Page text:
24th Sunday in Ordinary Time – What We Hear, We Forget. What We See, We Remember. What We Do, We Understand.

Matthew 18:21-35 | 24th Sunday in Ordinary Time, Year A

What We Hear, We Forget.

What We See, We Remember.

What We Do, We Understand.


Jesus led by doing. He didn’t assume we would just hear what He said and believe; He lived out what He taught. But until we choose to live His way for ourselves, the elusive “peace that surpasses all understanding” (Phil. 4:7) won’t be ours. Jesus knew the act of doing was the linchpin to conversion.

Jesus died and so our sins are forgiven. But until we actually forgive someone ourselves, we can’t understand what the loosening of those chains means. The servant in the Parable of the Unforgiving Servant certainly did not.

Not only does he owe something akin to the size of a national debt, but the servant also imagines that, with a small grace period, he’ll be able to pay off this impossible loan. The story doesn’t say, but he probably also thinks, “And…I won’t get into this kind of trouble again.” Sounds like a gambling addiction. Or any kind of addiction. Actually, he sounds very human. It’s human to keep striving for better.

Perhaps the master sees that in him. In any case, he forgives the debt. It’s done. No grace period. No nothing. The servant is free to go on his merry way.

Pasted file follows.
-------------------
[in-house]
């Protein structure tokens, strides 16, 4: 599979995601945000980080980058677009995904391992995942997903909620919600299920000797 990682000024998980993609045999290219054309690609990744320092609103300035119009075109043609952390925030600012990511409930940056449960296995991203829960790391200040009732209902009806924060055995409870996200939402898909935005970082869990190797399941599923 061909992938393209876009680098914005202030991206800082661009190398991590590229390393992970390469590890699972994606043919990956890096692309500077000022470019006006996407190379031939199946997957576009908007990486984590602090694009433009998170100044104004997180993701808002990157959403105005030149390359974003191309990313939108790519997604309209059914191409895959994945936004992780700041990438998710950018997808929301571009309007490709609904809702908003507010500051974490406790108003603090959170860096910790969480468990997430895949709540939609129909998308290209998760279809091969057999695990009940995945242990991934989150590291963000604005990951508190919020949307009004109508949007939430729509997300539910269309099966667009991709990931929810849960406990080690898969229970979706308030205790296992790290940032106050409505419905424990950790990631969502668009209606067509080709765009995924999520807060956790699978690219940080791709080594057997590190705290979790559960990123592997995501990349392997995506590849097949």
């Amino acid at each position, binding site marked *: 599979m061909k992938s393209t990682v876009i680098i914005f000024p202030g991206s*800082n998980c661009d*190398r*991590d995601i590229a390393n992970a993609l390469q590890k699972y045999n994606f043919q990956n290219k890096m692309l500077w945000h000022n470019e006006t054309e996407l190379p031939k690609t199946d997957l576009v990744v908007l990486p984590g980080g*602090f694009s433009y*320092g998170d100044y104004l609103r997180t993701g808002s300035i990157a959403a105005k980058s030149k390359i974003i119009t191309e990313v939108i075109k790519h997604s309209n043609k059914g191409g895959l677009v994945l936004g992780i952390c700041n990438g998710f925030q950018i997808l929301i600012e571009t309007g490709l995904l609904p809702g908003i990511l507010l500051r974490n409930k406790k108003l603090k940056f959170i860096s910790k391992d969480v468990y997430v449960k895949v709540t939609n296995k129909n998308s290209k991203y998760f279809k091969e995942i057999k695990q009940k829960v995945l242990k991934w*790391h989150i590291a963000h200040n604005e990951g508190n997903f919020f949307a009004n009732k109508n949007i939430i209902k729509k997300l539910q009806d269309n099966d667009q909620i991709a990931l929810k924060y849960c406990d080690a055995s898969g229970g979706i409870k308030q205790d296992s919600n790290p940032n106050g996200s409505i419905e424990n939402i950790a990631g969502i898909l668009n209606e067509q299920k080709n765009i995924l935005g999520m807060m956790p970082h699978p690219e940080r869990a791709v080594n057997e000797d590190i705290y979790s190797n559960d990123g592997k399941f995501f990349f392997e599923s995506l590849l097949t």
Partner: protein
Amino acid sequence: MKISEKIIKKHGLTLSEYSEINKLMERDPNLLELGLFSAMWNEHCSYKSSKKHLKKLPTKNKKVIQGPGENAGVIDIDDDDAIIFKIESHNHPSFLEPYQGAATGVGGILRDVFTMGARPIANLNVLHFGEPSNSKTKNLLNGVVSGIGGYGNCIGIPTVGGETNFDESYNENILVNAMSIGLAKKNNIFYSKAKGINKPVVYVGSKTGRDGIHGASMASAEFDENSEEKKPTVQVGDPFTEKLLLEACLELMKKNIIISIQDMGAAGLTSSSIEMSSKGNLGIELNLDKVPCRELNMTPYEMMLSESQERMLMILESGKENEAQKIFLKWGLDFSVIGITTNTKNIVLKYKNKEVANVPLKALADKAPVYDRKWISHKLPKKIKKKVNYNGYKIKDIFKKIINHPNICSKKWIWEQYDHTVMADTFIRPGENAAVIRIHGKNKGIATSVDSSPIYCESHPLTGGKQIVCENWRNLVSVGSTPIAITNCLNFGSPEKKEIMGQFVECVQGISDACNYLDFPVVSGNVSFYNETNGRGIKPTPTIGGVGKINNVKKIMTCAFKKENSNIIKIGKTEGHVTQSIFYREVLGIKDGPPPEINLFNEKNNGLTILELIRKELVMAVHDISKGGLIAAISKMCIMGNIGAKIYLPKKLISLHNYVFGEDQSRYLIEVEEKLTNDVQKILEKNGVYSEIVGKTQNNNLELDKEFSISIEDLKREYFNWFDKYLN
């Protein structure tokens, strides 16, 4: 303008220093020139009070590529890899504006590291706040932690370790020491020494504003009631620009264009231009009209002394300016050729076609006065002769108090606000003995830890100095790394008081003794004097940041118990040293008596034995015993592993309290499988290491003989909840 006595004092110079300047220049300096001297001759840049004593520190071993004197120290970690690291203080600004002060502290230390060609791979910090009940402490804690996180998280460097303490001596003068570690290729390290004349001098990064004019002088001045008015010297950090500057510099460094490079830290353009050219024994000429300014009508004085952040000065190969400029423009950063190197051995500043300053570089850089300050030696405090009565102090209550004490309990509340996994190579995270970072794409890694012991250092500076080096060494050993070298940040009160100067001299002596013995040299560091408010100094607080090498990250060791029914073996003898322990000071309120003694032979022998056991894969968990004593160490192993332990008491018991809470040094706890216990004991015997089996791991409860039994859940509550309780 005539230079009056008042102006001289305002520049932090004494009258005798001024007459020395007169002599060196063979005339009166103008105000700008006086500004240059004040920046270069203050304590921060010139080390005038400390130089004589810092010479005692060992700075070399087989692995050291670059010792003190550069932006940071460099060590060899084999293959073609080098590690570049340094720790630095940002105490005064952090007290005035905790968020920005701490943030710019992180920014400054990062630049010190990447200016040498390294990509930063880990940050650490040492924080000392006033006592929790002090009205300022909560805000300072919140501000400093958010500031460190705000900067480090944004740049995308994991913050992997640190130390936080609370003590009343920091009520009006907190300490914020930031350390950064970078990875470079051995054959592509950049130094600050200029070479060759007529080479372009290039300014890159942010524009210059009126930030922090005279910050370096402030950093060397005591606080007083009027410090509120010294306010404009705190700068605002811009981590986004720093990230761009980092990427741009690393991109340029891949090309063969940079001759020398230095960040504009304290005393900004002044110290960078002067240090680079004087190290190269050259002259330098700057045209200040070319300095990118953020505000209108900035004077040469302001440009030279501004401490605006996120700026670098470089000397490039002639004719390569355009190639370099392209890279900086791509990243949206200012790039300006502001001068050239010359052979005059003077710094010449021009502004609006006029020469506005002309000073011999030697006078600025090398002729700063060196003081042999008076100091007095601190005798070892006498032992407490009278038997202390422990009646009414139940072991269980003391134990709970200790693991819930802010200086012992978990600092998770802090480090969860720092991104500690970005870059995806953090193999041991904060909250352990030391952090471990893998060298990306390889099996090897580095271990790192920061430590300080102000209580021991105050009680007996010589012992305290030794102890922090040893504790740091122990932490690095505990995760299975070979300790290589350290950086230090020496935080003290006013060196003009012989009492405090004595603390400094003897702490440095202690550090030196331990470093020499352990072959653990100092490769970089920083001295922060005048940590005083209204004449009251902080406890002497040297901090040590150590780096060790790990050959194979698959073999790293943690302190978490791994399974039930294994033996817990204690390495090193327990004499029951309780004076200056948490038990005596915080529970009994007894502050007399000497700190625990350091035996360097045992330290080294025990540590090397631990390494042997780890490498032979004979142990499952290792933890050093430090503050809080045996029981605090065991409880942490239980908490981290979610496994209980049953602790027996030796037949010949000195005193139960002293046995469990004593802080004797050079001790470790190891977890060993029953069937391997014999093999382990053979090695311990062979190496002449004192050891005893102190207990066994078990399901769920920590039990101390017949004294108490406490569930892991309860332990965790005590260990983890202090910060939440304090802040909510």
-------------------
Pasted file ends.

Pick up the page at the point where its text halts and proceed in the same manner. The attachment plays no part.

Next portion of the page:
But then the servant does another very human thing. He turns on a fellow debtor. Rather than extend compassion, he imprisons the man. But in doing so, he also imprisons himself. Now, the man can never repay him. He’ll never get his money, and both men are stuck. Change isn’t possible. Peace can’t occur.

Jesus was all about change; conversion was His life’s work. But to acknowledge the necessity of change, we have to recognize brokenness. The first servant never acknowledged his brokenness—that he had gotten himself into an impossible mess— and the second never had the opportunity to. And so both men are stuck.

Jesus doesn’t want us stuck. He wants us to spend time in in prayer and reflection but prayer and reflection are not stagnation. Prayer and reflection prepare us for the doing that Jesus pushes us towards. Experience is how we grow.

So to understand the great gift God has given in us through Jesus’s death and resurrection—the forgiveness of our sins—we have to experience doing the forgiveness. We have to release someone else from the debt they owe us—physical or emotional. It’s not easy, but even Confucius knew that it was only in doing that we would truly understand. It’s the only way we ourselves would ever feel forgiven.

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